RBI for more Tier-I capital adequacy than Basel III norms

The (RBI) on Thursday indicated it would prescribe higher capital adequacy norms than those proposed under the Basel III framework. This would help sustain the advantage of healthy financial profiles that Indian currently enjoy.

At the Risk and Compliance Summit on Thursday, Deepak Singhal, chief general manager, RBI, said, “A requirement of one per cent above the floor set under Basel III would not impact Indian banks. RBI would not like our to be seen as laggards.” The central bank, in its draft guidelines issued in December, had proposed that the common equity Tier-I capital should be at least 5.5 per cent of risk weighted assets (RWAs). Basel III norms prescribe minimum common equity of 4.5 per cent.

RBI has proposed Tier-I capital of at least seven per cent and said the total capital be kept at least nine per cent. It has also proposed a capital conservation buffer in the form of common equity of 2.5 per cent of RWAs.

According to RBI, Indian would not have a problem in adjusting to the new capital rules, both in terms of the quantum as well as the quality. Quick estimates suggest the capital adequacy of Indian under Basel III norms would be 11.7 per cent, compared with the required capital to risk (weighed) asset ratio of 10.5 per cent under the Basel III norms.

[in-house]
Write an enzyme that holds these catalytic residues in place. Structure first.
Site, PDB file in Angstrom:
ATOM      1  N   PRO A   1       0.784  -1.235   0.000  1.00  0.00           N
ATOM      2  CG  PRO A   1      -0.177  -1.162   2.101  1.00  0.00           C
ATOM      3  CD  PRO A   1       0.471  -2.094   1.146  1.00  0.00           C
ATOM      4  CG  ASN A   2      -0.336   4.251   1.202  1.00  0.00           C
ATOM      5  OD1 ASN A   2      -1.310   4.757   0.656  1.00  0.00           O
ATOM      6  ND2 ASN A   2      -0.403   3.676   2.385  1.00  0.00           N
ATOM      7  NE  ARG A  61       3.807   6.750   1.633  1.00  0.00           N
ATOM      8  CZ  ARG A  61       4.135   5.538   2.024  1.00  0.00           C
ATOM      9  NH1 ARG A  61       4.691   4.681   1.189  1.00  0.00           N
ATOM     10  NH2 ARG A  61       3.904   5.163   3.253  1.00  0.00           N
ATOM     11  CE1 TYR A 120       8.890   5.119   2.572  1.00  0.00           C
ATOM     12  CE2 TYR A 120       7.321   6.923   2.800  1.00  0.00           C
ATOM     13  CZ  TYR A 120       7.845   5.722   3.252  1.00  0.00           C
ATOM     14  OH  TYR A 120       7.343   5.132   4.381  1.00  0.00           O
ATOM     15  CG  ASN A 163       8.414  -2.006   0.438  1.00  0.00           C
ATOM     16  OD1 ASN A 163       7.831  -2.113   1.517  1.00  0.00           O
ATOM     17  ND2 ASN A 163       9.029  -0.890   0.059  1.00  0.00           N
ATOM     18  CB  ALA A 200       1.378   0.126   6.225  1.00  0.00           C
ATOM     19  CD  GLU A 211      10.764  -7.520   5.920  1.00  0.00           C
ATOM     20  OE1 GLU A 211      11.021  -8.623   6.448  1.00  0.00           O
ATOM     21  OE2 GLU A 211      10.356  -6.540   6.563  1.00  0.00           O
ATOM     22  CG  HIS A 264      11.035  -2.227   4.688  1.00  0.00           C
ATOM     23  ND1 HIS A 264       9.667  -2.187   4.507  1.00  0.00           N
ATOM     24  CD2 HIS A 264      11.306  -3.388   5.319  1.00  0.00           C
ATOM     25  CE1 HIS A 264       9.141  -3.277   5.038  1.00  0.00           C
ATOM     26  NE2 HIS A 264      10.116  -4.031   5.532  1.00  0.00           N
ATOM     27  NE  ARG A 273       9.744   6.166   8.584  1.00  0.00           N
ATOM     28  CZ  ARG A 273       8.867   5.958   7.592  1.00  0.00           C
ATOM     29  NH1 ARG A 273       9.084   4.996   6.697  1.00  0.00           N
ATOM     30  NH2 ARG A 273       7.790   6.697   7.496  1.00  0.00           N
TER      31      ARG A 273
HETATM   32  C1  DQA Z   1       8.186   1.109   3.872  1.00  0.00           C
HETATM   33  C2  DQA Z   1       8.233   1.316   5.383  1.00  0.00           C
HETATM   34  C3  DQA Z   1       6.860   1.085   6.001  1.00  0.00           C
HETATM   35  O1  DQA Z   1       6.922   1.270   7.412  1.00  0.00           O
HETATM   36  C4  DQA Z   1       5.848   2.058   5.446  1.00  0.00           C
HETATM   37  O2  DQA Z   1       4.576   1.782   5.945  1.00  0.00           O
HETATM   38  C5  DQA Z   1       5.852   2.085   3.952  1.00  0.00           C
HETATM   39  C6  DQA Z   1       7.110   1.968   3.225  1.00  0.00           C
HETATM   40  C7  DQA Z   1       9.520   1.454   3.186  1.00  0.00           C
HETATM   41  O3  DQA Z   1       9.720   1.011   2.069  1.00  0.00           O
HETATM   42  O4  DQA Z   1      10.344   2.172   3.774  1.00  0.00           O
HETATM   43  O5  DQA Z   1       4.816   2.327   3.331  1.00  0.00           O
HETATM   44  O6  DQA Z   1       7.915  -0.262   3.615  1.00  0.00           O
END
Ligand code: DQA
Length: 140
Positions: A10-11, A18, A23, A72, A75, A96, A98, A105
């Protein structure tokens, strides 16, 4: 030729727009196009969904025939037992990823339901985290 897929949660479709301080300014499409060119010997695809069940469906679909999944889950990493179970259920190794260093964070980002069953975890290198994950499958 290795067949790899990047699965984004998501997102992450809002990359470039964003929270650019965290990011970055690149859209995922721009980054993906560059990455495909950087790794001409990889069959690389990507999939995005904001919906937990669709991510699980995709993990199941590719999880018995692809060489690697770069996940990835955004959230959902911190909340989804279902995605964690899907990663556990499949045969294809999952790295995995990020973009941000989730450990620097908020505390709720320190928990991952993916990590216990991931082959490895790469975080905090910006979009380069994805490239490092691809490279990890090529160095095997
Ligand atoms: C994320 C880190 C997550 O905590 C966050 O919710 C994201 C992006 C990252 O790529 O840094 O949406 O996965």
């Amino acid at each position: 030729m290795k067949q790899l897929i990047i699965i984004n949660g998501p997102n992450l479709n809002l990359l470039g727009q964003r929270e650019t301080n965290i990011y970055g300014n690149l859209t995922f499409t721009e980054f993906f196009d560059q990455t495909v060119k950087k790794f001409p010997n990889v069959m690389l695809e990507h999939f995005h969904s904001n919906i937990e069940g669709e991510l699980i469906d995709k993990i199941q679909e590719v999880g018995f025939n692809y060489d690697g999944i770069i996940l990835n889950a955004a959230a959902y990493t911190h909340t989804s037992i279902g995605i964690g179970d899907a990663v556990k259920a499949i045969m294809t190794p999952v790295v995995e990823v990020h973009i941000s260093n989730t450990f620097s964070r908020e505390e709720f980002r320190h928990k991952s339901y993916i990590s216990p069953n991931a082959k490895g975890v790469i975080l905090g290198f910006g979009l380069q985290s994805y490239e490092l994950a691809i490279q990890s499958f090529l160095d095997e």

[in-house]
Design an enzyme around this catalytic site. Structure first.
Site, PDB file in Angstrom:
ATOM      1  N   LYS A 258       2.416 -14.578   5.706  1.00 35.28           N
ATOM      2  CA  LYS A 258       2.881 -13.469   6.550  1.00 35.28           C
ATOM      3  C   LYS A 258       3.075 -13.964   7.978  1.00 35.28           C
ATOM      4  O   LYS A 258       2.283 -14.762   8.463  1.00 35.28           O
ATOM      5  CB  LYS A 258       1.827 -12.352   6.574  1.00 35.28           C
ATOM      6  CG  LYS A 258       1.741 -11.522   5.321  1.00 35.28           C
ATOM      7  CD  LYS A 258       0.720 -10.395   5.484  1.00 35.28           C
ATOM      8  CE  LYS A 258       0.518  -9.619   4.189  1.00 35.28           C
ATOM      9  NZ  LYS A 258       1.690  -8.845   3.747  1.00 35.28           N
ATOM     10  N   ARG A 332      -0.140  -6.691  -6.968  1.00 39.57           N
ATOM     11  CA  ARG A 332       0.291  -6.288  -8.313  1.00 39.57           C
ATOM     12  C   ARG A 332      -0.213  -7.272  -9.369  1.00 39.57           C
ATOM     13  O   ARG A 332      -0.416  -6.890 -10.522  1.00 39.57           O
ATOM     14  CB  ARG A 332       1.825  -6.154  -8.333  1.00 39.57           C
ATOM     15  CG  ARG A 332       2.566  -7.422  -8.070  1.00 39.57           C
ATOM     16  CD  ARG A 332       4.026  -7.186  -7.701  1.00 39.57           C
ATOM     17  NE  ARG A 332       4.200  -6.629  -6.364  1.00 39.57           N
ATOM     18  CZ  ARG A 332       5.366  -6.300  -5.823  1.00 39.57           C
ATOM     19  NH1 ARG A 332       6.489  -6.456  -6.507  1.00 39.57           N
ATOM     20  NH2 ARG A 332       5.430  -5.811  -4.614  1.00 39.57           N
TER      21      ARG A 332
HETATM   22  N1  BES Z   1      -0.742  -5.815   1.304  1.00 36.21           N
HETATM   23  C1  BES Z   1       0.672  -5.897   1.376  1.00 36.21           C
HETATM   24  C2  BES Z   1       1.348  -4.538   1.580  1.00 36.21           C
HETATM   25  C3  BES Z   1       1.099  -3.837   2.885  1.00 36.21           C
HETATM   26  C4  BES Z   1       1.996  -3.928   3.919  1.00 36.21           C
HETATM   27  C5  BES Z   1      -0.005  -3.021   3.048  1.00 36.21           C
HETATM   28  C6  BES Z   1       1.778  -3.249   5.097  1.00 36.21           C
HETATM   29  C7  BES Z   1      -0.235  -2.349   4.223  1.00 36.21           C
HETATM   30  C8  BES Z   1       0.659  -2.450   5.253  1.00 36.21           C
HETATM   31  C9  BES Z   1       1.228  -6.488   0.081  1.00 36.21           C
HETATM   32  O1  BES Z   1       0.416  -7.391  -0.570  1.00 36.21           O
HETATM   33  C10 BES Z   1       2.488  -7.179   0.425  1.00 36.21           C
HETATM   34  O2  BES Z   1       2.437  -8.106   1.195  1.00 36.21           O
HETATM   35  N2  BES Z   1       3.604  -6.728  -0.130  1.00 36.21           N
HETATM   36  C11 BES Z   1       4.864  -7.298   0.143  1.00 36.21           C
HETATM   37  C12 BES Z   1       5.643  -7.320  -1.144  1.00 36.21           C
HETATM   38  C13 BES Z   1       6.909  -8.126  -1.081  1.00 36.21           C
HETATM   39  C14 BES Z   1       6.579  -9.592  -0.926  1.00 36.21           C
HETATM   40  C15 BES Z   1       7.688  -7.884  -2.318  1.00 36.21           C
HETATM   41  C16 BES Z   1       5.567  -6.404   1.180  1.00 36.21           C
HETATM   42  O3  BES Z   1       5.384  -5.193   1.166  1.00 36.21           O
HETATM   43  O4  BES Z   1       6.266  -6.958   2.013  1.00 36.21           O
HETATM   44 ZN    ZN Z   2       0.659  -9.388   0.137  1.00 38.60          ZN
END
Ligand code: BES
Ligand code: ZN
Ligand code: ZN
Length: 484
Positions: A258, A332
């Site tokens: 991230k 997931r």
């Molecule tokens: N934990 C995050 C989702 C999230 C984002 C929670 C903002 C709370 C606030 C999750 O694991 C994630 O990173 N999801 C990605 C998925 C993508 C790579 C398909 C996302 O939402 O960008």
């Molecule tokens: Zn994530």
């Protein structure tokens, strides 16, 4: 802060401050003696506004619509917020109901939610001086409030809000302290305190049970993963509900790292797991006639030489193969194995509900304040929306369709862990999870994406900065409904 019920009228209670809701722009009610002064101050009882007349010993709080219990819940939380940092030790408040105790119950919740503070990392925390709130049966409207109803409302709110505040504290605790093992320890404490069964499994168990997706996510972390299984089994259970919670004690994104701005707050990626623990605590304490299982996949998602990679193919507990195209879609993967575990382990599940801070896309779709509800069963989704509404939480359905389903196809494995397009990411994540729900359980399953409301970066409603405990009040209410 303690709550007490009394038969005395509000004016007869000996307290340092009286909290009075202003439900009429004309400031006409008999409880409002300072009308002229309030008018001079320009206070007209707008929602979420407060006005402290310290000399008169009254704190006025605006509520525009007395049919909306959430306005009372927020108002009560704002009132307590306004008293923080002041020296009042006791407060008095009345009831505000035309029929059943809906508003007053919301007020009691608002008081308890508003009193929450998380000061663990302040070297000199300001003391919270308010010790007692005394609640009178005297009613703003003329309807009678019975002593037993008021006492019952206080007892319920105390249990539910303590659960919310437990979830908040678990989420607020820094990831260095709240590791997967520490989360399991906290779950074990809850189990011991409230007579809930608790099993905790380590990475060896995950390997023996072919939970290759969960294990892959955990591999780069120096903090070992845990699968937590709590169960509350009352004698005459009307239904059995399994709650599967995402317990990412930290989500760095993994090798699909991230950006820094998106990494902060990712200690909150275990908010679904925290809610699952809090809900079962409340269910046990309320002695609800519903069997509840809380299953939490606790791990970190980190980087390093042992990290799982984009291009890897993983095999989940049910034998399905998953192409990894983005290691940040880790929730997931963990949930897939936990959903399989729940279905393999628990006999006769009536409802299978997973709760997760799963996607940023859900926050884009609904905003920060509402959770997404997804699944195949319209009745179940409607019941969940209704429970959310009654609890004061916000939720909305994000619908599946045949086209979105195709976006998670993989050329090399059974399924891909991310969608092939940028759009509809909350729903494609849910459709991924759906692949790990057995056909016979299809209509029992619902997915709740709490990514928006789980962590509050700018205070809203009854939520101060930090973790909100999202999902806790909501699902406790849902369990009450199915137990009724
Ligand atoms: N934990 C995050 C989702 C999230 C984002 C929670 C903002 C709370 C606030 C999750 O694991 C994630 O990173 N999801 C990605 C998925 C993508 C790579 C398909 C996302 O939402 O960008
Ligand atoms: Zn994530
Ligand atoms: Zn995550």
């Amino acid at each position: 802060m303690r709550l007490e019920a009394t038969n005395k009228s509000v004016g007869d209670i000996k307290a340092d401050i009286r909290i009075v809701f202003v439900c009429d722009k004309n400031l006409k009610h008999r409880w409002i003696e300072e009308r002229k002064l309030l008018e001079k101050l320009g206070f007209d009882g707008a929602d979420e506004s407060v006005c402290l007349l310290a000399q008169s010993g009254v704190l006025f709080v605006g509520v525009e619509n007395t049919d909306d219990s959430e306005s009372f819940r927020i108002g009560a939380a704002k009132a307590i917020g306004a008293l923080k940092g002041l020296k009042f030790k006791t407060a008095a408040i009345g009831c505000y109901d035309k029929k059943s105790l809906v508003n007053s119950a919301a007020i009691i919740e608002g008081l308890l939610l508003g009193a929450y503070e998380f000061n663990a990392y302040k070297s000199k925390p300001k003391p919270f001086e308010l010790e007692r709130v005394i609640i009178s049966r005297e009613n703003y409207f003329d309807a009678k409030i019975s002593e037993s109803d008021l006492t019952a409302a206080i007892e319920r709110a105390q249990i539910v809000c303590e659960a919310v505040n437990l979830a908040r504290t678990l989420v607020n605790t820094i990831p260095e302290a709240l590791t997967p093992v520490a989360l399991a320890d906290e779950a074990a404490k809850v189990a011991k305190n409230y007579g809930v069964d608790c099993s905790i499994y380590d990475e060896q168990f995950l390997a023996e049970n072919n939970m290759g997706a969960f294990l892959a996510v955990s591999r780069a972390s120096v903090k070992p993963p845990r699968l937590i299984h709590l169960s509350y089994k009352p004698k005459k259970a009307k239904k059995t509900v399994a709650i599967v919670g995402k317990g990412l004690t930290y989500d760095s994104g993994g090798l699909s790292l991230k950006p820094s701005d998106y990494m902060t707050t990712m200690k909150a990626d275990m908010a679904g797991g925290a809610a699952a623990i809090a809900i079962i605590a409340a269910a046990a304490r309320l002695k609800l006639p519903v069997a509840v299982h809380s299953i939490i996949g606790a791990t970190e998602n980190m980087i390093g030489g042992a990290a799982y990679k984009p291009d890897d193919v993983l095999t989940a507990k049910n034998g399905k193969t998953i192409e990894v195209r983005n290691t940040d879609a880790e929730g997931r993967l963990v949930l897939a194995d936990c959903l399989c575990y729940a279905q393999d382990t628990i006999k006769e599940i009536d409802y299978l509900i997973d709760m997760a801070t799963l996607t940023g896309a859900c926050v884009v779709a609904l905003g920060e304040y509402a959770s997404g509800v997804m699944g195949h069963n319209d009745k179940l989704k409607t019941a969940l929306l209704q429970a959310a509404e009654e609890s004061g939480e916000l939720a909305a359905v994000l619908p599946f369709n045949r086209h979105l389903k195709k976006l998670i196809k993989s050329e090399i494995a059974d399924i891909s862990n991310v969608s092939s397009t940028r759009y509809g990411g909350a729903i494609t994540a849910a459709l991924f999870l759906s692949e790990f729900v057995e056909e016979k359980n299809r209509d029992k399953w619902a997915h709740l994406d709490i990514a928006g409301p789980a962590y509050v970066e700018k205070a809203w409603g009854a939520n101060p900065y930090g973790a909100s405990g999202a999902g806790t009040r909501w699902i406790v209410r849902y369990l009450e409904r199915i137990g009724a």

Singhal said many developed and emerging countries had stringent norms to maintain a higher capital base. In Sweden, have to maintain a capital adequacy ratio (CAR) of at least 15 per cent, while in Argentina, can pay dividend only when the CAR is 18 per cent or more.

Rating agency said public sector banks’ median capital adequacy levels declined from 13.4 per cent on March 31, 2011, to 12.1 per cent on December 31. Tier-I capital of these fell from 8.7 per cent to 8.3 per cent in the same period. The capital adequacy ratios of all large private remain comfortable. Their median capital adequacy stood at 16.3 per cent, while the Tier-I capital was 11.2 per cent in December.

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Business Standard

RBI for more Tier-I capital adequacy than Basel III norms

BS Reporter  |  Mumbai